Authors: Do you know what’s the most important element of your book marketing strategy? Is it posters or bookmarks? Social media ads? No. While these are vital tools in a comprehensive book promotion plan, your most influential, important marketing tool is…your book itself.
So when preparing a print copy of your self-published book, keep in mind that book readers are looking for specific feedback when forming a first impression. Book readers have emotional needs that compel the purchase of a book: Will this book take me someplace new? Teach me something fascinating? Will it deliver a powerful emotional experience that will give me goosebumps, or make me laugh or cry? Is the writing any good?
The first impression that your self-published print book makes is your strongest shot at turning a browser into a buyer. A good first impression:
- Happens in seven seconds or less.
- Can mean the difference between making a book sale or losing it.
- Speaks volumes about quality.
- Implies whether your book will deliver on its promises.
Self-Publishing In Print: How To Make A Great First Impression
Cover art. The phrase “can’t judge a book by its cover” made a lot more sense when books were leather-bound tomes that didn’t have cover art. Now, readers DO judge a book by its cover. Study cover designs in your book’s genre and work with designers to create an image that conveys big emotion. Read our articles about creating great cover art for your self-published book.
Cover copy. The copy (or text) on your book’s front and back covers can win readers over in a big way—if it’s compelling. Include abridged endorsement quotes from other authors, as well as reviews from bloggers or professional book review sites. Focus hard on creating a book blurb for your back cover that conveys the emotional crux of your story. And make sure your author bio hits all the right notes. Not sure if you’ve got your text right? Hire a professional! Self-Publishing Relief has a team of expert writers who will create a sales-building book blurb and cover copy for you.
Typesetting. After your potential buyer sizes up your artwork, he or she will flip through a few pages. If your book hasn’t been typeset well in an easy-to-read font, your reader will choose to pass on your book—and the inevitable eyestrain it promises.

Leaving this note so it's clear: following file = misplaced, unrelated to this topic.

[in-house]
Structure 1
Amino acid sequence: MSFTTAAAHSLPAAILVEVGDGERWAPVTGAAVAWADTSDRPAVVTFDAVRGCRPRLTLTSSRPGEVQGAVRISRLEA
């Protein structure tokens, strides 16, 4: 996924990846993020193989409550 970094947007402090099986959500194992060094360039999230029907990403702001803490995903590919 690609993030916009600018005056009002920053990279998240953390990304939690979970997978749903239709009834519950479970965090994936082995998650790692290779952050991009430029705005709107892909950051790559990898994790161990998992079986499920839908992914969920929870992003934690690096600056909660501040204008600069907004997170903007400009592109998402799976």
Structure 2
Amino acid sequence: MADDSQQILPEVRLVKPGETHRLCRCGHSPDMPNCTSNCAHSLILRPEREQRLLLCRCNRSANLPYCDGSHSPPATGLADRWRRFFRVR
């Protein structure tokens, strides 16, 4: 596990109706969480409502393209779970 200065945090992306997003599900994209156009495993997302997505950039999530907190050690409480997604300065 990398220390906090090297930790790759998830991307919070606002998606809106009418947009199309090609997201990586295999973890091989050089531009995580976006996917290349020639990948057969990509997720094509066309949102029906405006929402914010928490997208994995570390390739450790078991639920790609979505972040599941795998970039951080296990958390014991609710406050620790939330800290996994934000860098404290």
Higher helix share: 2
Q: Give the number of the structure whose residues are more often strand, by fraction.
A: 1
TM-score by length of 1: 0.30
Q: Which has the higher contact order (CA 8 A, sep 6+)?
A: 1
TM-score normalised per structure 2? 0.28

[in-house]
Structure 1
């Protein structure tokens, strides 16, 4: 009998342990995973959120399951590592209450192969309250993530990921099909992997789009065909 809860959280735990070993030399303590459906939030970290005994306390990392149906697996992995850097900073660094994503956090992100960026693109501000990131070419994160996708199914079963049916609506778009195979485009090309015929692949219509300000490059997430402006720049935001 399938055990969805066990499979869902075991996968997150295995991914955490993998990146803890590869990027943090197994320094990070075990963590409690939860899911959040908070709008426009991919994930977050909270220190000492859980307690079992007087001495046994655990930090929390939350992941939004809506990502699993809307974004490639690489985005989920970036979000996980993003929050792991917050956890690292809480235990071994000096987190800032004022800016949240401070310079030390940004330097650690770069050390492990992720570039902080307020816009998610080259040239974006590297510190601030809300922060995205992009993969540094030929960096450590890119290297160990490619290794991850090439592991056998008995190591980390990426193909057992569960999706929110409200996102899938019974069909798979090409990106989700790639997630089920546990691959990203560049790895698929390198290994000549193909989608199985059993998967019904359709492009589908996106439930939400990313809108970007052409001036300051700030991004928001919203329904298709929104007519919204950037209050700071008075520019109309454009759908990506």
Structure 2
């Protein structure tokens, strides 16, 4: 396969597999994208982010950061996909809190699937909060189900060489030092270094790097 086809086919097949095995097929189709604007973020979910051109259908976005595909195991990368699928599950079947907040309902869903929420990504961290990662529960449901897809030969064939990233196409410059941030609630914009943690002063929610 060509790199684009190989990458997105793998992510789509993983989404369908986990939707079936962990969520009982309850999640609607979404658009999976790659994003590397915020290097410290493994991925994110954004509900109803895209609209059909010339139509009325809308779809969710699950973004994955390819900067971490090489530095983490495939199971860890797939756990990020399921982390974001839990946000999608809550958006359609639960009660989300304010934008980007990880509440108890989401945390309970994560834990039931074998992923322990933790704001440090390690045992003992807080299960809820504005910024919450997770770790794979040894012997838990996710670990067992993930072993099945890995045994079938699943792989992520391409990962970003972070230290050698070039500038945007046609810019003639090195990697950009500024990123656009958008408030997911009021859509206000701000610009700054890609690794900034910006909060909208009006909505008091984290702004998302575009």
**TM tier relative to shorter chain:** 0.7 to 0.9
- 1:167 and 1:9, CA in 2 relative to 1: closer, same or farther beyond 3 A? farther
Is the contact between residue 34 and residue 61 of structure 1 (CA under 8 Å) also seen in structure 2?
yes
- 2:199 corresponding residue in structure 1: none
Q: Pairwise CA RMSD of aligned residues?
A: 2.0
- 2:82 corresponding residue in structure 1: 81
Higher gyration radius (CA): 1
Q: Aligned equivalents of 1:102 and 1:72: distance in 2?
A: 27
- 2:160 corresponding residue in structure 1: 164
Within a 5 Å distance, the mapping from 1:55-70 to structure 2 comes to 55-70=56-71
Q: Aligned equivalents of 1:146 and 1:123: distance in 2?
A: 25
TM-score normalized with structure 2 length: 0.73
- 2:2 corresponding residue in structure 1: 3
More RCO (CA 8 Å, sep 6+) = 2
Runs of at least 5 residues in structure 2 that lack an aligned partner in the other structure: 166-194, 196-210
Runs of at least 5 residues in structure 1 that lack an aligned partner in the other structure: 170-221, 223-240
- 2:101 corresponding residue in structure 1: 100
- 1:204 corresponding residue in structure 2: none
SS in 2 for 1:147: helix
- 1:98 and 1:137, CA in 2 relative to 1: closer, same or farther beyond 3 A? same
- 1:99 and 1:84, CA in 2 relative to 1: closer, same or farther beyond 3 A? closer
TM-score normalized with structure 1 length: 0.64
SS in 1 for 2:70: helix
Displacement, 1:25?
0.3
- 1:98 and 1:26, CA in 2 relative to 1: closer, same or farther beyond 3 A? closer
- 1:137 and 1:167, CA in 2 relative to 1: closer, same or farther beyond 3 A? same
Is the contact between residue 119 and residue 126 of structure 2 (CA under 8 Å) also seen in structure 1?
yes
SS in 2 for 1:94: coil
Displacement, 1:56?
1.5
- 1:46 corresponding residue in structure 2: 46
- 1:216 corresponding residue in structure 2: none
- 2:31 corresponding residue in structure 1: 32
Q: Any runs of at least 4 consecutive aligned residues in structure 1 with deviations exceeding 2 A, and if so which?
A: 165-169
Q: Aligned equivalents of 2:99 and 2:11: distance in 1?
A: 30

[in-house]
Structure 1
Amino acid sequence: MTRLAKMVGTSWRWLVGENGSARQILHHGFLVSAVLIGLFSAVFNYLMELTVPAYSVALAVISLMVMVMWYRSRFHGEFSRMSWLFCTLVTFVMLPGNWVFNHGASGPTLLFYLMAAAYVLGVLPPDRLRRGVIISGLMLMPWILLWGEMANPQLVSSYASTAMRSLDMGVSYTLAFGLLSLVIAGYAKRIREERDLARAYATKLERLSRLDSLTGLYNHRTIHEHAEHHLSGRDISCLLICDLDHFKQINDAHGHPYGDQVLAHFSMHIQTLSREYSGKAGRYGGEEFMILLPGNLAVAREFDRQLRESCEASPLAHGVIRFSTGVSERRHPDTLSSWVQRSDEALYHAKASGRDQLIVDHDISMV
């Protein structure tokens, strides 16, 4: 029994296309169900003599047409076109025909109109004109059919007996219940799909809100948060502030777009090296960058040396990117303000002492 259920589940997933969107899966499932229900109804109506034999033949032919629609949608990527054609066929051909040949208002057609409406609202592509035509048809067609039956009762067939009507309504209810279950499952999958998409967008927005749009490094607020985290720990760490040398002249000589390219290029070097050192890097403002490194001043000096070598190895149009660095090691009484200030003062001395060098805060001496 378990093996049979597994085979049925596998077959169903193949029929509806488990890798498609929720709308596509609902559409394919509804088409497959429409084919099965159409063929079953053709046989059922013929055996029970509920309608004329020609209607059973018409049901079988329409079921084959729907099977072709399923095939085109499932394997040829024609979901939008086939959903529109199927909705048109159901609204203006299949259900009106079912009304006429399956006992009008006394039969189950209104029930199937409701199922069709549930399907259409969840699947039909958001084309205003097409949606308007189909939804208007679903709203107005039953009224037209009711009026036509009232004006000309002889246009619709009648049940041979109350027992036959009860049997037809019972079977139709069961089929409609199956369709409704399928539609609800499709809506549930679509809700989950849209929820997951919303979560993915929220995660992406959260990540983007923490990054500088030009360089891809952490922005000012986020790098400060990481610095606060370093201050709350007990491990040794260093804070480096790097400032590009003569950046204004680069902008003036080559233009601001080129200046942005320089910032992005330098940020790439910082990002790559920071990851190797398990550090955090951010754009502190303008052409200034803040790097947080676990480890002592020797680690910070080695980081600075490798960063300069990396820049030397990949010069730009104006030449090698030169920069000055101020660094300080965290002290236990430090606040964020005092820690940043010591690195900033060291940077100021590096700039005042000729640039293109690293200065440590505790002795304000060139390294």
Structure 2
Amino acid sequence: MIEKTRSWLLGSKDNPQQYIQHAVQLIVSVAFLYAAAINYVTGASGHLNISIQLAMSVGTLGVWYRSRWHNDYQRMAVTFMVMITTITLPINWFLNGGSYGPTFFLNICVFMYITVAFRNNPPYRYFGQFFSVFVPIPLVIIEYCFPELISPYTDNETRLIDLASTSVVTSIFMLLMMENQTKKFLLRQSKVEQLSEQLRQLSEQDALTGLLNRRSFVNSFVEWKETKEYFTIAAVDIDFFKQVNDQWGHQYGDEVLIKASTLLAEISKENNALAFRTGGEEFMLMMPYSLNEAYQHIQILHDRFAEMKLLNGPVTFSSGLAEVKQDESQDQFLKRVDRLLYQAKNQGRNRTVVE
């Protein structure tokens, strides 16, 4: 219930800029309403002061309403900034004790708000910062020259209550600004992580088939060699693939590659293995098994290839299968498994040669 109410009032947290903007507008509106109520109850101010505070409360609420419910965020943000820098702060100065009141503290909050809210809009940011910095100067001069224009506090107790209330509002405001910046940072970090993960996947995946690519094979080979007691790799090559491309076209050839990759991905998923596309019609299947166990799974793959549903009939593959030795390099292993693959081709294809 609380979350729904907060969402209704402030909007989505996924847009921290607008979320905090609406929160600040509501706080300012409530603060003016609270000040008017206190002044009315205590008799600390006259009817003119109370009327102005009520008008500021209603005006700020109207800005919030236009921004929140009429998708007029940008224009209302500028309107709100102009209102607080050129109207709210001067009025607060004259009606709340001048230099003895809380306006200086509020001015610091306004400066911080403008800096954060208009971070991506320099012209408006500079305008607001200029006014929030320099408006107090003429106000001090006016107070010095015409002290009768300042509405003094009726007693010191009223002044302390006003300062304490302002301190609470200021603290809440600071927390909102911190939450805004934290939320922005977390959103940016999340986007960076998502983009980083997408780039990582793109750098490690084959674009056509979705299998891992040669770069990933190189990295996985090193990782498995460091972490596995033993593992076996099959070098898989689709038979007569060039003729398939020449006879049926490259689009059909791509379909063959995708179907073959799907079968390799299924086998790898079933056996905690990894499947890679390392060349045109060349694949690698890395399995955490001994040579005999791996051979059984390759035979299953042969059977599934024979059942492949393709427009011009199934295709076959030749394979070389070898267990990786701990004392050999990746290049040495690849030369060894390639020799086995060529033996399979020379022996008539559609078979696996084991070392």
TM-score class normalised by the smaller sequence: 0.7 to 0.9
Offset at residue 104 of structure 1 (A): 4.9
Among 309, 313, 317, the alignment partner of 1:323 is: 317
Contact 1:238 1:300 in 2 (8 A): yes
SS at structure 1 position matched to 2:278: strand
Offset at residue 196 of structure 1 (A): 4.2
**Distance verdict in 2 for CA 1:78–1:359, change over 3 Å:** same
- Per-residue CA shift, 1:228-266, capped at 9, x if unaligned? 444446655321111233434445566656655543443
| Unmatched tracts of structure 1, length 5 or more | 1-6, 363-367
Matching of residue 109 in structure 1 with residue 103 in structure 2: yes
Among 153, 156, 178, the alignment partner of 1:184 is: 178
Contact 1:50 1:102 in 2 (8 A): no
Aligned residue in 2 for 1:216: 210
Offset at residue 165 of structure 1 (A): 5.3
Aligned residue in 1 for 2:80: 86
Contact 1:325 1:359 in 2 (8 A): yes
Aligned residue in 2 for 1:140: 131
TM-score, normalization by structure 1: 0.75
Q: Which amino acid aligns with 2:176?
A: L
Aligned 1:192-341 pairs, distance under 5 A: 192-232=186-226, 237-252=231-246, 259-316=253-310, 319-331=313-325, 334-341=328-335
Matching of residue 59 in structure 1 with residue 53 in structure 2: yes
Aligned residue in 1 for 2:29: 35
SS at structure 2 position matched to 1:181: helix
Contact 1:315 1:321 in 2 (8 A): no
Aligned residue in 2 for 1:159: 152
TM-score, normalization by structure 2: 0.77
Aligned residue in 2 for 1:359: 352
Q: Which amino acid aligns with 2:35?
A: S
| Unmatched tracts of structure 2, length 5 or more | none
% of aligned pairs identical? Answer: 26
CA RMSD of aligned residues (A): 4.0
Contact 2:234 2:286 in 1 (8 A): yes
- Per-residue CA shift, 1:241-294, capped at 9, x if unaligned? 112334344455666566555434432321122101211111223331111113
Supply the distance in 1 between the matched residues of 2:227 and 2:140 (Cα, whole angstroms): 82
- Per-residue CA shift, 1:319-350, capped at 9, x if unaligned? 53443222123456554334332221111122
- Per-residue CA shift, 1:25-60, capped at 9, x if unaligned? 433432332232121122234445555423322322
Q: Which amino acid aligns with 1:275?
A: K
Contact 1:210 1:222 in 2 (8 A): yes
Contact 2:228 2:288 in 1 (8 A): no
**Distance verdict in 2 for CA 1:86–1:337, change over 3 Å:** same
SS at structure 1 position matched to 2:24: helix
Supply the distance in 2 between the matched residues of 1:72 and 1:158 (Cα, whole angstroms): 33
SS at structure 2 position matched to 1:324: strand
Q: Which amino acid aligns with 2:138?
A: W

Paper quality. Vellum might have been the medium of choice in the Middle Ages, but thin paper went out of style with the quill and inkwell. Choose a heavier weight paper to show readers that you don’t skimp on quality—not in your production, and not in your writing.
First five pages. Don’t expect that readers will hang around until chapter two for your story to begin. Get the ball rolling immediately! Learn more about how to write your first five pages. And to pack an even bigger punch, check out this article on the best first lines from literature (and why they work).
And One Final First Impression Wildcard That Can Seal The Deal
When you’re making a purchase, what’s one of the first things you look for? The price.
Choosing the right price point for your self-published book is a must. Pricing your print book too high can edge out potential buyers (especially in high-competition genres where slim profit margins mean high-volume sales). But pricing your book too low could suggest to readers that your book simply isn’t worth much. Some writers choose middle-of-the-road pricing for their print self-published books, but then they will occasionally augment sales with price drops. Learn more about how to choose the right price point for your hard copy self-published book.
QUESTION: Which of these elements makes the biggest impression on you?